By 1979, when George Duke released A Brazilian Love Affair, he was one of the hardest working men in music. Not only had he released fifteen solo albums, but had moved into production. Then there was George’s work as a sideman. The list of musicians George has played with reads like a who’s who of music. What’s even more remarkable is their diversity. Their music crosses the musical genres. This includes everyone from Frank Zappa, through Jean Luc-Ponty, Cannonball Adderley, Billy Cobham to Anita Baker,  George Clinton and Flora Purim. Having worked with such a diverse selection of musicians, this must have influenced George’s music. Certainly working with Flora Purim, the Brazilian-born singer must have influence George, when he headed into the studio to record what would become one of his most commercially successful and critically acclaimed albums, A Brazilian Love Affair which was recently rereleased on vinyl by Music On Vinyl. 

When George Duke came to record A Brazilian Love Affair, Brazilian music had  become much more popular, and moved into the mainstream. Artists like Flora Purim, who George had worked with, plus Gilberto Gil, Ivan Lins and of course Sergio Mendes had been trailblazers. These artists had influenced European and American artists, including George Duke. On A Brazilian Love Affair, George showcased the talents of Flora Purim, Airto, Raul De Souza, Simone and Milton Mascimento. This resulted in one of George’s most successful albums.

For A Brazilian Love Affair, George wrote eight of the ten tracks. Of the other two tracks, the Brazilian influence shawn through, Ronaldo Bastos and Milton Mascimento wrote Cravo E Canela. Milton Mascimento also cowrote Ao Que Vai Nascer with Fernando Brant. These ten tracks saw George Duke fuse Brazilian music with jazz, funk and soul. Helping him to do this, was a band that included a tight and talented back of top musicians.

Recording of A Brazilian Love Affair took place in Rio De Janeiro and Los Angeles. Part of the album was recorded at Level e Hawai Recording Studio, Rio De Janeiro, and Westlake Recording Studios in Los Angeles. Additional sessions took place at Le Gonks West Studio in Los Angeles. Accompanying George Duke were musicians from America and Brazil. This included a rhythm section that variously included bassists Byron Miller and Jamii Joanes, drummers Ricky Lawson and Roberta Silva and guitarists Roland Bautista and Toninho Horto. Jerry Hey and Raul De Souza played trombone, Larry Williams’ saxophone and percussionists Airto and Chico Batera. George a true multi-instrumentalist played guitar, keyboards, synths, piano and sang vocals.  With a combination of Brazilian and American musicians collaborating on A Brazilian Love Affair, the completed album was a meeting of cultures and musical genres. Would this prove successful?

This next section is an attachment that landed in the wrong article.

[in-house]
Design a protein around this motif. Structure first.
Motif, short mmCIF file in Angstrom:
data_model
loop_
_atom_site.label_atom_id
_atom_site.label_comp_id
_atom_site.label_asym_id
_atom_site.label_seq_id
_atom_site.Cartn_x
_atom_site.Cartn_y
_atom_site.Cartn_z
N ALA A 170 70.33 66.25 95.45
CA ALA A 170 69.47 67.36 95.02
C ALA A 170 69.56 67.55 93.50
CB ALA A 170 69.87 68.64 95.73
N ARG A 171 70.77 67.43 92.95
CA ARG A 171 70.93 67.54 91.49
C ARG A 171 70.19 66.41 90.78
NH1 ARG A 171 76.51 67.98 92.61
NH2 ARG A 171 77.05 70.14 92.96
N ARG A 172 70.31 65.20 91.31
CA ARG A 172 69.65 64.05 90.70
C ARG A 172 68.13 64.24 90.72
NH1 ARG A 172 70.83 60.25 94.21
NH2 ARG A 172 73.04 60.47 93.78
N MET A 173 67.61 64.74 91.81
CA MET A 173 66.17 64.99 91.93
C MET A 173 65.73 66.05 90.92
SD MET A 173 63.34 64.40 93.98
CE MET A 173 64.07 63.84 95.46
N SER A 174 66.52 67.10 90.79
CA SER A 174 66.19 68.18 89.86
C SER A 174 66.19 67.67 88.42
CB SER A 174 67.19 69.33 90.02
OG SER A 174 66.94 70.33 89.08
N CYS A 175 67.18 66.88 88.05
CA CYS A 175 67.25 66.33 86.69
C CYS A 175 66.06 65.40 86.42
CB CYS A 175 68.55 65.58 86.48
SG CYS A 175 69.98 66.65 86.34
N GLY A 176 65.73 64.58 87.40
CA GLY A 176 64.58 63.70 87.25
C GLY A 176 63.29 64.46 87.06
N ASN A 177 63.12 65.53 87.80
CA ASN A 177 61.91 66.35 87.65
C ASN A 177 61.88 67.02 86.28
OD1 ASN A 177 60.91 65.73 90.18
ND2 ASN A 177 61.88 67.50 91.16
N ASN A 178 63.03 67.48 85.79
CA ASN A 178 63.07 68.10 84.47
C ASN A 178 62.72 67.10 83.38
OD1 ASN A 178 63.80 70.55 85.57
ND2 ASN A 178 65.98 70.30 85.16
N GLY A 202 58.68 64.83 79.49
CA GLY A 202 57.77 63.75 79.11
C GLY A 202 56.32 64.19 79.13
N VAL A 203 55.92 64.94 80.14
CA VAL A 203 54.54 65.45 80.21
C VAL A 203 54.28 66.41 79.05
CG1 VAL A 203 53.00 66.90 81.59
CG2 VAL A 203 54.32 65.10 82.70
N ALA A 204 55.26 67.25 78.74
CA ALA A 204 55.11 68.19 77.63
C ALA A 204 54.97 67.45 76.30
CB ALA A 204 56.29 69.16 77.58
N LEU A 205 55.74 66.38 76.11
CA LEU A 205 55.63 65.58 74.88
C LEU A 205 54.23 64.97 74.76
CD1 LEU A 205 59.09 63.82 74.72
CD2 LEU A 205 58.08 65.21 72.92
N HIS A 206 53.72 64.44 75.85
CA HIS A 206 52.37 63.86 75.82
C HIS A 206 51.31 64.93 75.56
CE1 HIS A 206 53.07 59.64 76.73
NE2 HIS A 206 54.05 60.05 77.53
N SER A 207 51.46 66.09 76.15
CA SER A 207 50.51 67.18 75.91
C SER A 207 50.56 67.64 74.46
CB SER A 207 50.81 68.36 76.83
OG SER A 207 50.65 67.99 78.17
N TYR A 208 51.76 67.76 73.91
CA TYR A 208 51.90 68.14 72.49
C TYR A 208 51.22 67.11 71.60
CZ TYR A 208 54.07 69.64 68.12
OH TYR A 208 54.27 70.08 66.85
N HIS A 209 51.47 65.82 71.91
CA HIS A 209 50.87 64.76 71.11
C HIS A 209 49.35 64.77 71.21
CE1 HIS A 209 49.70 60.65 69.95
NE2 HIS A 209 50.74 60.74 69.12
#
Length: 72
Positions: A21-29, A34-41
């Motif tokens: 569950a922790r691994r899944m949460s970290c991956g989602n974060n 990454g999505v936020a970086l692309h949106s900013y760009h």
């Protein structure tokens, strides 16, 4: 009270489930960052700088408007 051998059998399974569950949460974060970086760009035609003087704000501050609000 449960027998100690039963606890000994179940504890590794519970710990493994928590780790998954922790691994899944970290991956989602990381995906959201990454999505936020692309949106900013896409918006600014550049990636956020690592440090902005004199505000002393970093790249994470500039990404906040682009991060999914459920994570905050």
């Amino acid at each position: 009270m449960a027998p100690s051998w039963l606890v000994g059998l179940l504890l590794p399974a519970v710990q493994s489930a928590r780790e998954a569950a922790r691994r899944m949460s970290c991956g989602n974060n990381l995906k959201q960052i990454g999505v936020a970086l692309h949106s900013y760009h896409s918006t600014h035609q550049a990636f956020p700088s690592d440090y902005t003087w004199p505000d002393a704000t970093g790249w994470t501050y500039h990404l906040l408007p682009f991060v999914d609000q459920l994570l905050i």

A Brazilian Love Affair was released in 1979 to critical acclaim. Critics decided that this fusion of cultures and musical genres was one of George Duke’s finest albums. It was also one of George’s most successful albums, reaching number 119 in the US Billboard 200, number forty in the US R&B Charts and number four in the US Jazz Charts. The only disappointment was when the single Brazilian Love Affair failed to chart. Apart from that, A Brazilian Love Affair fusion of Brasilia, jazz, funk and soul proved popular. I’ll now tell you why.

Opening A Brazilian Love Affair is the only single released from the album, Brazilian Love Affair. Percussion, synths, keyboards and the funkiest of bass lines from Byron Miller combine before George’s light, joyous vocal soars above the arrangement. It’s like a slice of sunshine, unfolding in waves. Dramatic pauses give way to waves of uplifting music. Roland Bautista’s chiming guitar helps drive the arrangement along, while Byron’s bass provides the funk. A healthy sprinkling of percussion is added, before a flourish of electric piano sees the track head in the direction of freeform jazz. From there, jazz, funk and Brazilian music are combined by George and his multitalented band over seven scintillating minutes of dramatic and bold music.